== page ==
|WikiProject South Africa / PSP SA||(Rated Start-class)|
|WikiProject Electronics||(Rated Start-class, High-importance)|
I moved this page back to its current location because 'circuit diagram' is far, far, far more common than 'electrical diagram' →Raul654 01:03, Mar 13, 2005 (UTC)
- Ok. I just figured it was more accurate. "Circuit" could mean more than just electrical. I hope moving the Category "Circuit diagrams" to "Electrical diagrams" was not bad... That took a while. :-\ - Omegatron 02:03, Mar 13, 2005 (UTC)
e.j. gallaher Nov 3, 2005 I do not have a contribution, but a question about the historicial basis of electronic circuit diagrams, or schematics.
This is more of a 'history' question, or a 'linguistic' question than anything else.
I realize why a resistor is diagrammed as it is, and why a capacitor is diagrammed as it is. What I would like to know is "Who conceived of the -concept- of developing the symbols in the first place, and how did the development of the electronic schematic evolve?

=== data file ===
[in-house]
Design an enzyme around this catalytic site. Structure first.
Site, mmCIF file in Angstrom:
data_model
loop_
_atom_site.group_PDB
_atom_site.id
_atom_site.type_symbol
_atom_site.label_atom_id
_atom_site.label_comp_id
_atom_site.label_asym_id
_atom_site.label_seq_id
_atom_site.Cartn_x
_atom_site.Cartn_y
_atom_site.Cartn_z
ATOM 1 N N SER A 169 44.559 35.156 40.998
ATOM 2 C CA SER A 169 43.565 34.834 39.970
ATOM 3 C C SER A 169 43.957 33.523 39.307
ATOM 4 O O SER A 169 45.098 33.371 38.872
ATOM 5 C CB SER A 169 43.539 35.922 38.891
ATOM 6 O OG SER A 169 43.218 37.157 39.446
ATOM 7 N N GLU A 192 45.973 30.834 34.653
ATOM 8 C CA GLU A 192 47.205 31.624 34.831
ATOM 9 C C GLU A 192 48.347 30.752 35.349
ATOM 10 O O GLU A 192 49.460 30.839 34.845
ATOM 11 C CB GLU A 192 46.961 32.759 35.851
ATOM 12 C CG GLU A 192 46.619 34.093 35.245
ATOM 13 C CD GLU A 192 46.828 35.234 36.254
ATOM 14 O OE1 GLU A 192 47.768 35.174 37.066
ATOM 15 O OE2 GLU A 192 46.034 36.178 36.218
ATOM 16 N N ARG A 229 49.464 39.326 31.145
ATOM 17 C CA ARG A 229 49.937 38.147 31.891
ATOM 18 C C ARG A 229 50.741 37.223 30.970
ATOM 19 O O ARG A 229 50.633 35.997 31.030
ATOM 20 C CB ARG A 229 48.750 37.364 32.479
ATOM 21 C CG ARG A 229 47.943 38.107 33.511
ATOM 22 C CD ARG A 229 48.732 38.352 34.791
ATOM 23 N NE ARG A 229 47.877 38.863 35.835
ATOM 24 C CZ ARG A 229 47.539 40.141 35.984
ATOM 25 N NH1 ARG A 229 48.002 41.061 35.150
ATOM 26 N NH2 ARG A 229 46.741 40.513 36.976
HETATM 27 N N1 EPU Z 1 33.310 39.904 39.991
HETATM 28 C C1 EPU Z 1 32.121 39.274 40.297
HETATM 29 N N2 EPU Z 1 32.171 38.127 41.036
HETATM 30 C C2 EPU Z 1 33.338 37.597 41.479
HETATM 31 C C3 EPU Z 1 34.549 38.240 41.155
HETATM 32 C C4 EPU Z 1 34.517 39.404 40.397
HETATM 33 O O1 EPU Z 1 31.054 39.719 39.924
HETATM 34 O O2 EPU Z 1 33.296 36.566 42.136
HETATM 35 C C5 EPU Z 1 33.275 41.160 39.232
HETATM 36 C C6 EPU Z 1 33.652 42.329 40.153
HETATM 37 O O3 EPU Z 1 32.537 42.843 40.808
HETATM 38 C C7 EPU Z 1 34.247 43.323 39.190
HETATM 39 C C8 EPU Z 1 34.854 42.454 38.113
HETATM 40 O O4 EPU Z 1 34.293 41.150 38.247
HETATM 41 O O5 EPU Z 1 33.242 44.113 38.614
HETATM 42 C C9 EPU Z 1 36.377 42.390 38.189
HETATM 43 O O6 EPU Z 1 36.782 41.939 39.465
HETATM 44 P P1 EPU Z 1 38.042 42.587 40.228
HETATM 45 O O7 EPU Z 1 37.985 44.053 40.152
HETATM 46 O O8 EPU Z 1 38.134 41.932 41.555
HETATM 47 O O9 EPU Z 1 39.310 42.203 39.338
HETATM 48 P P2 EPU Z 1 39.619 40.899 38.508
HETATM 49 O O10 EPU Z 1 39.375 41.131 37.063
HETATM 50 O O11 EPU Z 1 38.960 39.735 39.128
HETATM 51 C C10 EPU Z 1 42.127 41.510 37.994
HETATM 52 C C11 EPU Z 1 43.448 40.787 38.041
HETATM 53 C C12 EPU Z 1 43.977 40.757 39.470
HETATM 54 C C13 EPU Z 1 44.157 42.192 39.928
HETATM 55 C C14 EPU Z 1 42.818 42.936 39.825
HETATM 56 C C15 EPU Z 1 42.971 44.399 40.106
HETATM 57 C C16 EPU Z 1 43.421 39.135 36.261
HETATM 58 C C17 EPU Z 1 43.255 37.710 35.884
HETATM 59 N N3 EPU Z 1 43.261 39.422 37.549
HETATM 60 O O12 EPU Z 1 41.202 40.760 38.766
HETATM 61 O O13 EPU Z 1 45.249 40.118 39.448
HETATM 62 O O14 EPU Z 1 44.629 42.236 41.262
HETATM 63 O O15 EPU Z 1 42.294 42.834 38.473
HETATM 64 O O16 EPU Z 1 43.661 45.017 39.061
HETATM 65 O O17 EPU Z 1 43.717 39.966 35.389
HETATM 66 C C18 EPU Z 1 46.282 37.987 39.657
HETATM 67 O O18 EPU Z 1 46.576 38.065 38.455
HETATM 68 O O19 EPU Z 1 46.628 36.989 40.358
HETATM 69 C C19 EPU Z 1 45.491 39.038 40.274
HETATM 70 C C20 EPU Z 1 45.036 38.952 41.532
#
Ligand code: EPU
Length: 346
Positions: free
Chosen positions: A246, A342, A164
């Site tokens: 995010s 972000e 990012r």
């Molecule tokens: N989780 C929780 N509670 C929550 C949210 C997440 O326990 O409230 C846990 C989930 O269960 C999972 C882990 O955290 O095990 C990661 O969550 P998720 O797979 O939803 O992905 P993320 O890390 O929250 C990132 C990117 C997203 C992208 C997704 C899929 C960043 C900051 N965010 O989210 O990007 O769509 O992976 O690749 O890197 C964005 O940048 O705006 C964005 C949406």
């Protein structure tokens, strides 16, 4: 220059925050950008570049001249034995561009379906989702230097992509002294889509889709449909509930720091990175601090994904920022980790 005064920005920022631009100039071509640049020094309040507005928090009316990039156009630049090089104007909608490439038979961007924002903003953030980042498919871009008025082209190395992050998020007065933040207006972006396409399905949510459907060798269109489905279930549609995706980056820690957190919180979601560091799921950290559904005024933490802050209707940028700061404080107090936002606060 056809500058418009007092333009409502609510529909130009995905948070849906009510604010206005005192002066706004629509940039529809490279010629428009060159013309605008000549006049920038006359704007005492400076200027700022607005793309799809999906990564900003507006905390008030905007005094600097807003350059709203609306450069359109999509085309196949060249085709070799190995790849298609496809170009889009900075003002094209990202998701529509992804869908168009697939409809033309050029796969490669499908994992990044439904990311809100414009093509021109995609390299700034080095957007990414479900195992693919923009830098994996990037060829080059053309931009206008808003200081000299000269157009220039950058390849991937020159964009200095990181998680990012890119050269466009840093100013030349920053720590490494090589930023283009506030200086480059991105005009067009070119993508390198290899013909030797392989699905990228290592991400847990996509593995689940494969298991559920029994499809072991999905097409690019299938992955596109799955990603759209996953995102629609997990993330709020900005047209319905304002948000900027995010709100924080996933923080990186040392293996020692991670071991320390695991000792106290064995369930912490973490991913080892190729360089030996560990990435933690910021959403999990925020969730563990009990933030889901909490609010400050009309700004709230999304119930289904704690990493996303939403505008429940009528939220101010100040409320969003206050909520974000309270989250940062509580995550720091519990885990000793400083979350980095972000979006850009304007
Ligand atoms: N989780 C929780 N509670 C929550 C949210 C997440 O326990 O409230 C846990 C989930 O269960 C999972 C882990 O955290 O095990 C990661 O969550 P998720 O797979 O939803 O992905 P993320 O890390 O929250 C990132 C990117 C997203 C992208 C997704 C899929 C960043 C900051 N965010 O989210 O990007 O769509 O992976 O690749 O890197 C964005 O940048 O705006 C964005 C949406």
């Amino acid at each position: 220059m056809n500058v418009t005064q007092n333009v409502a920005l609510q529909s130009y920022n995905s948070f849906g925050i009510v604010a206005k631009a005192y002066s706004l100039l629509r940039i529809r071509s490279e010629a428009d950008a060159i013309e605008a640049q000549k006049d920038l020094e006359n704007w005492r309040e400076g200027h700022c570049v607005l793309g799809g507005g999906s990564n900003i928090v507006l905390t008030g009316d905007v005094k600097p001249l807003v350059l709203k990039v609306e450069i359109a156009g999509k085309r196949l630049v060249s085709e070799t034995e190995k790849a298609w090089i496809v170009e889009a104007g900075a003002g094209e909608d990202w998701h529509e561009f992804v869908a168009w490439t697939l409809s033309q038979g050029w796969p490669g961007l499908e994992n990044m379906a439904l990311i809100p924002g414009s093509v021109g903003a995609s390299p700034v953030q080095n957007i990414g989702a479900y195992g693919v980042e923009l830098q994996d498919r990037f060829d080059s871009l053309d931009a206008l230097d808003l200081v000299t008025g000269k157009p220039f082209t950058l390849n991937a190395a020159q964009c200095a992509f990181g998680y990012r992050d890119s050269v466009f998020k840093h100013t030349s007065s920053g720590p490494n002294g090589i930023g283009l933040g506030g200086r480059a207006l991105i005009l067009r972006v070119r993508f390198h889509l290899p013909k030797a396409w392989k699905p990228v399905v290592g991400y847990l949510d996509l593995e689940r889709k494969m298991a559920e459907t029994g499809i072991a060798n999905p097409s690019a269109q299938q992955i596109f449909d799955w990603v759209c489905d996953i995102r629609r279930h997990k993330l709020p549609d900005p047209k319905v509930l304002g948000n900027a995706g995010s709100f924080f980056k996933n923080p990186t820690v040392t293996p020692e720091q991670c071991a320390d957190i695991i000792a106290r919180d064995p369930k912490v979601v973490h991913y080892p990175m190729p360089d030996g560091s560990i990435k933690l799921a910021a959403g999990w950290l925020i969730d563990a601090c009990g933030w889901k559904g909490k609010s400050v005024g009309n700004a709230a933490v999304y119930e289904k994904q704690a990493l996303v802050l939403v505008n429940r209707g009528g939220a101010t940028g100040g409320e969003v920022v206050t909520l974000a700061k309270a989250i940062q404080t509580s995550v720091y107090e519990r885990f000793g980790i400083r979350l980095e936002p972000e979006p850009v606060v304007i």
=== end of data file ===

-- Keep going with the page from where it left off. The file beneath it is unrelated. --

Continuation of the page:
For example: It is difficult, if not impossible, to describe the structure and function of a simple transformer, full-wave bridge rectifier, and capacitive filter in a simple power supply, IN THE ABSENCE of the familiar schematic diagram. It could therefore be argued that the intellectual development of the diagram itself was a necessary component of the development of electronic 'thinking'.
We could make the same argument regarding music notation. Folk music has been around since prehistoric times. We can imagine several singers and/or musicians getting together, conceiving of a simple melody, and then developing various rhythms and simple harmony. This could be done from memory, and the results could be passed along to other musicians via direct contact. However, it is impossible to imagine symphonic music developing in this manner, in the absence of a written symbolic language.
Can anyone suggest that Beethoven might have composed each of his symphonies in his head, and then taught the parts to the violins, violas, clarinets, flutes, horns, etc. IMPOSSIBLE! Therefore, the NOTATION itself ALLOWED musical thinking to be taken to new heights. I suggest the same is true with electronic notation, but I find virtually nothing about this topic, wherever I look, or inquire.